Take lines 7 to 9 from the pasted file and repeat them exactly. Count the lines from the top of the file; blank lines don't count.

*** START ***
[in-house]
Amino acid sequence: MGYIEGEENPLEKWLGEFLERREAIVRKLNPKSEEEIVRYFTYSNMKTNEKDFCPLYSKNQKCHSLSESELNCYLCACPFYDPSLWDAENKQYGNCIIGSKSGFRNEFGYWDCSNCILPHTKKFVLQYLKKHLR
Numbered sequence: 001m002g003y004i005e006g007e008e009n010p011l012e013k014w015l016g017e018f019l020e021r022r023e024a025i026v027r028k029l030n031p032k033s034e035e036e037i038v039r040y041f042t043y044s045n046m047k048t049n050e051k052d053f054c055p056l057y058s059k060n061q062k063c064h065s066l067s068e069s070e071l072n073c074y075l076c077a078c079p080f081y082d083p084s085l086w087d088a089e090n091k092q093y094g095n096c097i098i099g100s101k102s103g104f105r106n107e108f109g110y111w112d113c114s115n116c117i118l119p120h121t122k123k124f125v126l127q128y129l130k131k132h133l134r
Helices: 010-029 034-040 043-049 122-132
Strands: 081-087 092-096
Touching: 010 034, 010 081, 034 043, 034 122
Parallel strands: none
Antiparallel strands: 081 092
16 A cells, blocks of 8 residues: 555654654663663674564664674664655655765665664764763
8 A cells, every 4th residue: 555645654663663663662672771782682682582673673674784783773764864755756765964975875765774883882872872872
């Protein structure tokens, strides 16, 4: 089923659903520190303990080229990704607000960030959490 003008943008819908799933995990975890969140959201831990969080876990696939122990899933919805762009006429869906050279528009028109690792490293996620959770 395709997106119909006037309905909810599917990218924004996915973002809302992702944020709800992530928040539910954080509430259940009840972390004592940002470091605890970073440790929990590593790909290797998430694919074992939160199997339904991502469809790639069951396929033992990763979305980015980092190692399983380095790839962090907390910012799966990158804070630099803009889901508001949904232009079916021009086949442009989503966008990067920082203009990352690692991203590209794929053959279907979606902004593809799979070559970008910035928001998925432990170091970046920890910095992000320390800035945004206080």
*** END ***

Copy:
Parallel strands: none
Antiparallel strands: 081 092
16 A cells, blocks of 8 residues: 555654654663663674564664674664655655765665664764763